When the troops land in Texas for Operation Jade Helm next week, someone will be waiting for them.
EDITOR’S NOTE: In just two days from now, Operation Jade Helm 15 will kick-off in Texas, and what will actually happen is anyone’s guess at this point. One thing is for sure though. Never before in American history has a peacetime mainland America seen such an unrelenting incursion of Military into the civilian population. It seems to be the “frog in the cold water” approach to gradually getting people used to living alongside a standing army. All part of Barack Obama’s promised “fundamental transformation” of America.
Hundreds of patriots have organized a “Counter Jade Helm” surveillance operation across the Southwestern states and in an effort to keep an eye on the contentious military drill that’s sparked many suspicious of Uncle Sam’s intentions.
Eric Johnston, a 51-year-old retired firefighter and sheriff’s deputy who lives in Kerrville, is a surveillance team leader in Texas. He’ll coordinate three groups of volunteers, about 20 folks in total, who hope to monitor the SEALs, Green Berets and Air Force Special Ops in Bastrop, Big Spring and Junction when Jade Helm kicks off on July 15. With media prohibited at the drills, the volunteers could be a main source of information for the highly-anticipated seven-state exercise.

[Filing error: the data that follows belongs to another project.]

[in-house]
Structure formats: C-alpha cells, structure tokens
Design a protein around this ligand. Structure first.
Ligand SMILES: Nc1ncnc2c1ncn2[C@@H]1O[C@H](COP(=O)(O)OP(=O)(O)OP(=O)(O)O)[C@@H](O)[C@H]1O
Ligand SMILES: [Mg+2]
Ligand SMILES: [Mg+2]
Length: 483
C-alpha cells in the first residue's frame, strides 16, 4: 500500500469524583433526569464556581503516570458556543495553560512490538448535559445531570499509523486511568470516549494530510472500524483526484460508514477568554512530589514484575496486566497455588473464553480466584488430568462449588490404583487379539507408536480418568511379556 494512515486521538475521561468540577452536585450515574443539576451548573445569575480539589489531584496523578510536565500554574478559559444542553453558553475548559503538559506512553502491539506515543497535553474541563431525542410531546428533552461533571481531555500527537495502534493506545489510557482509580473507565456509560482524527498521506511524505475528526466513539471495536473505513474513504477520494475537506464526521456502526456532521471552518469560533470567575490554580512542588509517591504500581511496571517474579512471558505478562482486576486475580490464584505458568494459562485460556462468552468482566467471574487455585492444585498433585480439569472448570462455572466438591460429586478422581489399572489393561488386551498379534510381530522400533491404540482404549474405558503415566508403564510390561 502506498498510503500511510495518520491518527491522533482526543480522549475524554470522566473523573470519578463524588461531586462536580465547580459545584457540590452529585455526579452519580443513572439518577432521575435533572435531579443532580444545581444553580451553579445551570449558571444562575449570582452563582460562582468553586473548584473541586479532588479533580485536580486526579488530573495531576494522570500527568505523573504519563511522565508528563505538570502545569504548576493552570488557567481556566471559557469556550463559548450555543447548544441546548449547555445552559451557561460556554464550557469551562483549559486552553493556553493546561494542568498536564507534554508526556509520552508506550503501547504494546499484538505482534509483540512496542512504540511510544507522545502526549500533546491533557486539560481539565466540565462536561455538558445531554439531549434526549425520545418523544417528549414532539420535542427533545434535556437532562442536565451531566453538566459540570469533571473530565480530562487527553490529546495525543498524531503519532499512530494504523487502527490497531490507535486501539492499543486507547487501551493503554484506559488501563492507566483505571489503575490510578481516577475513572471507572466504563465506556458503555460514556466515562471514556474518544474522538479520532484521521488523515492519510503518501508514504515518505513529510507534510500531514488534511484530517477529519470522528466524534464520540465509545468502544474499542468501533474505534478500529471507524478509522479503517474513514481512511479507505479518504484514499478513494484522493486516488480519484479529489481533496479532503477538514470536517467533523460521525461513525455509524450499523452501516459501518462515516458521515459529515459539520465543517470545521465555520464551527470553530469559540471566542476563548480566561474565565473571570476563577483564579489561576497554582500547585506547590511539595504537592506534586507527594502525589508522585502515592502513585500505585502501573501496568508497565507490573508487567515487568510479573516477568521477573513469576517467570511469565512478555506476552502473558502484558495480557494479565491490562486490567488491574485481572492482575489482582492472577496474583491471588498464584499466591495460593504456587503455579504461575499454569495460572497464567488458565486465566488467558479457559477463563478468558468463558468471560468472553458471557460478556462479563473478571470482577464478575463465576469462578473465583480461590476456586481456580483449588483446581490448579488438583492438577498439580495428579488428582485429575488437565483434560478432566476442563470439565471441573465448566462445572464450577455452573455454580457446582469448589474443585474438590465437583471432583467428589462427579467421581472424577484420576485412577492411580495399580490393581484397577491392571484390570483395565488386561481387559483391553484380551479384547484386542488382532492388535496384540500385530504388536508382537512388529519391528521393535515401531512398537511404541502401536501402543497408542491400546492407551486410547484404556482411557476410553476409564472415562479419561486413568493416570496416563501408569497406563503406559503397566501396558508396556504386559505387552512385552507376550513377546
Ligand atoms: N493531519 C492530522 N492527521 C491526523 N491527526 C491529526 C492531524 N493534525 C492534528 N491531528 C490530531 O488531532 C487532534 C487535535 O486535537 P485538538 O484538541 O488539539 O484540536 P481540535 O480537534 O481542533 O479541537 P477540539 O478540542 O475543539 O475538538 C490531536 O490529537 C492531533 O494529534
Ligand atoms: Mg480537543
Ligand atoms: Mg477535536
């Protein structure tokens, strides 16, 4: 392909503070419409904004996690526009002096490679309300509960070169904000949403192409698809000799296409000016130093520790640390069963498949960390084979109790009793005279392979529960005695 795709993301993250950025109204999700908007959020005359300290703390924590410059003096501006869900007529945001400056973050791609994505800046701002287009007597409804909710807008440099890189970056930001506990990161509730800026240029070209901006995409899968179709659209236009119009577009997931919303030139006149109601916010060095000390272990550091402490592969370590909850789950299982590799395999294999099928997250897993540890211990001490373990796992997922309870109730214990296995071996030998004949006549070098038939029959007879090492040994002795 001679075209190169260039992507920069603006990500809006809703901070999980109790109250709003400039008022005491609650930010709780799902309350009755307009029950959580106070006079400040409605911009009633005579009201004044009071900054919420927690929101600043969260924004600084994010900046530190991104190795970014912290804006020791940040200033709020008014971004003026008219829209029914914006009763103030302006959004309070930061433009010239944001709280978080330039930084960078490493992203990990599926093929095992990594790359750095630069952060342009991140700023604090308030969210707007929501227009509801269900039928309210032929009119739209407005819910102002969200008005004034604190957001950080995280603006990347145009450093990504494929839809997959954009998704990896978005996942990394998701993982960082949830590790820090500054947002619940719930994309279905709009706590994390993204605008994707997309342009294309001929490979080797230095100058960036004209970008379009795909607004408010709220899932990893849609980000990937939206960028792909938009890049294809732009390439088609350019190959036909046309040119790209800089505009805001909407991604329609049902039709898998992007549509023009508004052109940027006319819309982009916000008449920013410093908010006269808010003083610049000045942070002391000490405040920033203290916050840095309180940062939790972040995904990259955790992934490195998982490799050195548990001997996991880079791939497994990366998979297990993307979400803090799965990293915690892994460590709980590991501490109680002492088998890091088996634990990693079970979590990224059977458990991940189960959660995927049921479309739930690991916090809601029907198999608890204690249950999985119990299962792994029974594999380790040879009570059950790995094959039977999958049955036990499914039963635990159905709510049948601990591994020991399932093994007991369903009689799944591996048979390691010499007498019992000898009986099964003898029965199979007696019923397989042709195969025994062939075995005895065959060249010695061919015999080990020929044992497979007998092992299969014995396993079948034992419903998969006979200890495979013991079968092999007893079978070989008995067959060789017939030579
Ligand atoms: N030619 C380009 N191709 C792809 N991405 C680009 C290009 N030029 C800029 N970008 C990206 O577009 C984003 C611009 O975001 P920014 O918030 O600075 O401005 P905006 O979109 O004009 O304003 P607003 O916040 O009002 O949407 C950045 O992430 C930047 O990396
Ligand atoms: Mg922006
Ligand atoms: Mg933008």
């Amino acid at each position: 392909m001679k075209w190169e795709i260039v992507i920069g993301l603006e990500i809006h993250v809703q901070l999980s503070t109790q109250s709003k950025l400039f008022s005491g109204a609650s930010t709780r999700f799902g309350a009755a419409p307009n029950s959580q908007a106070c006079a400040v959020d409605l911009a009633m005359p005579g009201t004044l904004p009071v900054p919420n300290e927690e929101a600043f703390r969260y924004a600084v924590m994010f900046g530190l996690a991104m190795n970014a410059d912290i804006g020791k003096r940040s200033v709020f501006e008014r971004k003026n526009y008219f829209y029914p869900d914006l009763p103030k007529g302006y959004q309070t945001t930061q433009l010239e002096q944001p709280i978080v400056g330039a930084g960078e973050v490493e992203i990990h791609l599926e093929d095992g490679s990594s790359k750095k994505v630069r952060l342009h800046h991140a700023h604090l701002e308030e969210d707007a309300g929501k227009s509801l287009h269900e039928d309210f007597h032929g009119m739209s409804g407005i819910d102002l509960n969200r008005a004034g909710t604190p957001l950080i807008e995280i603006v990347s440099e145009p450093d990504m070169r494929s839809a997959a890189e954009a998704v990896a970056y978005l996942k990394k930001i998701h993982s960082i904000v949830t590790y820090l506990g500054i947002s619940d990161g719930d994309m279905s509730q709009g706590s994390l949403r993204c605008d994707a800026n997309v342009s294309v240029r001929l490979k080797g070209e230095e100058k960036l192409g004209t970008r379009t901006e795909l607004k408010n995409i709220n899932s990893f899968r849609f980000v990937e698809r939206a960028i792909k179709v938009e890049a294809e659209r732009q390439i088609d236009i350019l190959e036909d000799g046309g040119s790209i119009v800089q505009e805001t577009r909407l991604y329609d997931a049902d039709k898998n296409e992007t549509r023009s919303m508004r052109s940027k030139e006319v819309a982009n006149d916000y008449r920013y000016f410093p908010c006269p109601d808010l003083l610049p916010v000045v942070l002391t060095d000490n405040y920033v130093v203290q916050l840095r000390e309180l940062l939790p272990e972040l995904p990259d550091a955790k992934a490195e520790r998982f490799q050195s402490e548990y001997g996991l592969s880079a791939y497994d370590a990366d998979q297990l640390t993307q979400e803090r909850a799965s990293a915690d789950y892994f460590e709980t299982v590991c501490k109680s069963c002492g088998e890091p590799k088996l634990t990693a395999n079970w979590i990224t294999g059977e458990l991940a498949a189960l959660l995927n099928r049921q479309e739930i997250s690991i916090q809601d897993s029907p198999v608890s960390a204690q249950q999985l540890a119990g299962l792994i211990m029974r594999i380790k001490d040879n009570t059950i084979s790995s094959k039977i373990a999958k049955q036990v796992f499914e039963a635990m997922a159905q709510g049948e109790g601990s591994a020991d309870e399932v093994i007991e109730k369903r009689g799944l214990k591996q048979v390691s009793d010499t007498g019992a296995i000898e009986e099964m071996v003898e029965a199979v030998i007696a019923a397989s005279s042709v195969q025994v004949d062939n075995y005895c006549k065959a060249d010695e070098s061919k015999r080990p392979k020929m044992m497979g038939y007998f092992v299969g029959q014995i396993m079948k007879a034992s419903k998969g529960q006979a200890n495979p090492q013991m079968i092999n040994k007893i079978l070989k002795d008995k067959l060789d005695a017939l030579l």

But locations more precise than the towns around which troops will drill remain unknown. For the citizens’ surveillance operation, therein lies the first challenge. “If a team member sees two Humvees full of soldiers driving through town, they’re going to follow them,” Johnston said. “And they’re going to radio back their ultimate location.”
They aren’t worried about martial law, he said, but feel like they can’t trust the government, and want to make sure the Military isn’t under orders to pull anything funny.
The Texas volunteers are just one regiment of a national effort, organized by 44-year-old former Marine Pete Lanteri, a New Yorker living in Arizona with plenty of experience on civilian border patrols. He founded the Counter Jade Helm Facebook page, with six thousand members, and he made the webpage and forum to which field reports will be uploaded.
“We’re going to be watching what they do in the public,” he said. “Obviously on a military base they can do whatever they want. But if they’re going to train on public land we have a right as American citizens to watch what they’re doing.”
He said the volunteer force includes about 200 people, with the largest group in Arizona. Many former military and law enforcement, as well as lifelong civilians have joined the cause. source